Mark isn’t so sure, and he points to Jesus’ denunciation of the temple as the real reason for his arrest and trial.  Clearly, Jesus was not leading a military insurrection, but on the other hand, the following that Jesus attracted and his message of liberation for the poor just as clearly presented a political danger to the Jewish and Roman authorities.  From the beginning when Jesus stands up in the synagogue to define his mission as good news for the poor he is emphasising the value of those who have no value at all under the status quo.  Jesus is announcing a program for change – and it’s change that he doesn’t only talk about, he puts it into action.  The difference between Jesus and Barabbas is that Jesus is preaching a revolution of peace and grace which confronts the power of this world by proposing a new sort of power and a new set of priorities.  But he stands with Barabbas in asserting that the oppression of this world matters – ironically, this Jesus has actually more in common with Barabbas than with Christians who choose to withdraw from the world into a private spirituality.

The feast of Christ the King is ambiguous, and it’s problematic.  We don’t get around the paradox by resorting to standard images of Christ as a King with all the trappings of ancient royalty but in another place, in a spiritual or a heavenly sphere.  Jesus is not setting up an alternative power structure the church can withdraw into or claim some priority over.  Jesus himself gives us something more humble, something more subversive, which is a life poured out in compassion, and a life that confronts the structures of worldly power.  The kingship of Jesus is a different sort of kingship.  But it is not other-worldly, it is a kingship that challenges us to live assertively and compassionately, to engage with the issues of our time in a way that embodies Jesus’ reversal of the world’s priorities, and Jesus’ insistence on the value of those who the world dismisses as having no value.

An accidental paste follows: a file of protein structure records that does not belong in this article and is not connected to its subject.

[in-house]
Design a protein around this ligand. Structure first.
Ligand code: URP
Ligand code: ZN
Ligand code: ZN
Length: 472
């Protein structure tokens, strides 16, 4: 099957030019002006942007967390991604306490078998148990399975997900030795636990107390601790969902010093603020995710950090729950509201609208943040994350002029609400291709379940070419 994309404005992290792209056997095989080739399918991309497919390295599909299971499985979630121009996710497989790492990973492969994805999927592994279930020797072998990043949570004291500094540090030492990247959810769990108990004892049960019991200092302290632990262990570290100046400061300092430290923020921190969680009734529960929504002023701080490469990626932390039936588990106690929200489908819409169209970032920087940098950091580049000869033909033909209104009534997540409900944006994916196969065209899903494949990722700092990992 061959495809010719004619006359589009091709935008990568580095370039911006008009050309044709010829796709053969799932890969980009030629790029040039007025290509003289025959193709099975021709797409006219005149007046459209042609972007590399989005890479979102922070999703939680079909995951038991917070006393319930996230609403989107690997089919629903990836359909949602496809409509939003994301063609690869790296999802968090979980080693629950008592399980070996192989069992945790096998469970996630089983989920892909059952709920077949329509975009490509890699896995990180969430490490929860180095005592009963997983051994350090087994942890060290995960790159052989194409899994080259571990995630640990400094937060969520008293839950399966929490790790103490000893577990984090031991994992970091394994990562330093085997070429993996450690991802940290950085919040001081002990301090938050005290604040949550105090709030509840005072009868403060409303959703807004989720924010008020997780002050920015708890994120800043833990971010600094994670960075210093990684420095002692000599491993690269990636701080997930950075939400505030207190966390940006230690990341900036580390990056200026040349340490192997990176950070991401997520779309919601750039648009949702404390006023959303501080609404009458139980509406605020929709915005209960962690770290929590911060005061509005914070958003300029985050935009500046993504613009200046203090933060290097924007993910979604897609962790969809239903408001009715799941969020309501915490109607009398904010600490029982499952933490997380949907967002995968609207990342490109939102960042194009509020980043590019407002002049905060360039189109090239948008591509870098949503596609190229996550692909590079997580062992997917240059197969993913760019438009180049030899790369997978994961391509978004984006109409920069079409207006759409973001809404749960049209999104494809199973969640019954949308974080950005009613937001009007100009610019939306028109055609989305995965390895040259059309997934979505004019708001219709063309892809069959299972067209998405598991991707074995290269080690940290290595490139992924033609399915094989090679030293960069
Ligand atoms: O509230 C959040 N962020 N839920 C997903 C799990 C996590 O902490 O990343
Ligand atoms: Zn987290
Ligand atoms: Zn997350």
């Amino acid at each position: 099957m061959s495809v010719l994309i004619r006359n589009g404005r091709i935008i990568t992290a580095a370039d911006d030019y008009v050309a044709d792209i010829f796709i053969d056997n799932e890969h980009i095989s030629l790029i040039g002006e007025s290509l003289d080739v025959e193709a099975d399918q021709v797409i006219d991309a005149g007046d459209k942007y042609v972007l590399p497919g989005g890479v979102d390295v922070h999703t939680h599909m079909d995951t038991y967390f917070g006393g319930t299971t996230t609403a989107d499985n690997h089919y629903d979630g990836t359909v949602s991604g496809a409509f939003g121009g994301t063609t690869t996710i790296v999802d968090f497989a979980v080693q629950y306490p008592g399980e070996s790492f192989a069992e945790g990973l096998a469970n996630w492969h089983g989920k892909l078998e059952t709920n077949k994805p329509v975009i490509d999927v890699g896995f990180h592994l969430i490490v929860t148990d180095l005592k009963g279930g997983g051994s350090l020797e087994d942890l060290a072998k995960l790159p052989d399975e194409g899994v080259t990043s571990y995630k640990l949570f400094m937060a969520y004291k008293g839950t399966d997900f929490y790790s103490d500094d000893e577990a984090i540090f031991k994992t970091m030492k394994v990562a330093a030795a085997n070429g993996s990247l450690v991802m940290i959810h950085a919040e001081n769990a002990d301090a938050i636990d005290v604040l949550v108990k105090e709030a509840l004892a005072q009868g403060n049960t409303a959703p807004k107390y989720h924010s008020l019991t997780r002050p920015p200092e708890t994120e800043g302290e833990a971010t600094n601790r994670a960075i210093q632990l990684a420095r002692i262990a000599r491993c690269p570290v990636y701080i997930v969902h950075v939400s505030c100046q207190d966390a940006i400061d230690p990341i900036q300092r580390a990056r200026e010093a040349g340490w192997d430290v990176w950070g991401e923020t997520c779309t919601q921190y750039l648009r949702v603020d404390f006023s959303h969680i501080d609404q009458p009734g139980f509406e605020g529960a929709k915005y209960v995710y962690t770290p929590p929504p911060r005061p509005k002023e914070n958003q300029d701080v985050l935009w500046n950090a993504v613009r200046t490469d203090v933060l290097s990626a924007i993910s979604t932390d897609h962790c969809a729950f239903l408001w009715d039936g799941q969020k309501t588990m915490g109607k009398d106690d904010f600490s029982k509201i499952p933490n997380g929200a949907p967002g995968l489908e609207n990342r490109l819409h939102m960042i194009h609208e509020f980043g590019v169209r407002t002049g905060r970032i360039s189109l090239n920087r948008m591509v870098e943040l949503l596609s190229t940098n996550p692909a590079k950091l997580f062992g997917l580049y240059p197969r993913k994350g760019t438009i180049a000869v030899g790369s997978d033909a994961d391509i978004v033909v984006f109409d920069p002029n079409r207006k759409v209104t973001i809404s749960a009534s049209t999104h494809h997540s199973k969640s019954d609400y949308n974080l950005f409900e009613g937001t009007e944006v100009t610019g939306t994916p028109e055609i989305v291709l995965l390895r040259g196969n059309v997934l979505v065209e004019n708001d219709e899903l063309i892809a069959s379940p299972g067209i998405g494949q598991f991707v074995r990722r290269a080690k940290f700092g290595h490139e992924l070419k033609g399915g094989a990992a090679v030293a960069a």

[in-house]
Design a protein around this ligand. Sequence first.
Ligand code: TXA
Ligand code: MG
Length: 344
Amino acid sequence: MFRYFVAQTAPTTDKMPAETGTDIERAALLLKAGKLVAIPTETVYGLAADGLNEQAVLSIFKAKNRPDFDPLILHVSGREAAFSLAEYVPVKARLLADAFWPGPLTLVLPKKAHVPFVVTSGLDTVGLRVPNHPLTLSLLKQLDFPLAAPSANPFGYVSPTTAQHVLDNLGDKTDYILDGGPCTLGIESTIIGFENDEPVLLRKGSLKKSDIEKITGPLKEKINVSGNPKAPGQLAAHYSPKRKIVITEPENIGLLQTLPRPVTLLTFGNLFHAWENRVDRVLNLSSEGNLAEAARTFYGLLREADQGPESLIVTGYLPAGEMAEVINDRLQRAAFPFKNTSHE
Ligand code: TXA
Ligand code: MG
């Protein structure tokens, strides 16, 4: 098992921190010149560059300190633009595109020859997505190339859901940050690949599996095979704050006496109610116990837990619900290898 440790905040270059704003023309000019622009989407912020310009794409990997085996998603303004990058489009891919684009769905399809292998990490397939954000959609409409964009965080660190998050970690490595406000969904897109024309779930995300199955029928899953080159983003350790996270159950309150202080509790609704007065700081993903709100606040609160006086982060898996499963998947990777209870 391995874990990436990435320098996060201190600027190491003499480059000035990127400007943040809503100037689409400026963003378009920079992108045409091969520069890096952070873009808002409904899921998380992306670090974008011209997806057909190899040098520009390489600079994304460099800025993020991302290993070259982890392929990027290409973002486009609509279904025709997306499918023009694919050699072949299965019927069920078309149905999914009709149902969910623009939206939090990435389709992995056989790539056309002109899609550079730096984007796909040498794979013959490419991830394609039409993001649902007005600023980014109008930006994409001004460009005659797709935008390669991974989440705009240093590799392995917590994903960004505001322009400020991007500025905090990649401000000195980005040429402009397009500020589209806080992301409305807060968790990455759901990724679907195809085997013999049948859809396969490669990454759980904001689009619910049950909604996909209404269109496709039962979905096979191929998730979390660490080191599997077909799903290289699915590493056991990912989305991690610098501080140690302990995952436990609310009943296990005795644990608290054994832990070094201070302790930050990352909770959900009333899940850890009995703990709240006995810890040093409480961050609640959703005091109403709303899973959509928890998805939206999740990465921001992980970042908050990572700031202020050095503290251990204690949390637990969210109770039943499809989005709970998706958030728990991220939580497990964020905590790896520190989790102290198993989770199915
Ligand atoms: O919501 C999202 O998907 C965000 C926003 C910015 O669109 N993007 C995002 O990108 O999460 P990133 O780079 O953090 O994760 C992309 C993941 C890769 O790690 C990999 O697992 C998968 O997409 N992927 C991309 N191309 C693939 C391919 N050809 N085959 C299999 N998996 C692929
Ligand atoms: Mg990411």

Ultimately, the feast of the kingship of Christ is about eternity, because it orients us away from our own perspective towards the perspective of the God whose priority is to transform death and finality into life and new possibility.  But it’s a perspective that – like resurrection itself - has to be claimed and lived out in the context of the world we live in.  In a sense, the reign of Christ is about us, because it presents us with a challenge: what are we actually about?  Do our actions match our rhetoric?  Who do we really follow?


Sunday, November 18, 2007

Homily for Parish of Canning Retreat, 17-18 Nov 2007

Luke 10. 1-12, 17-20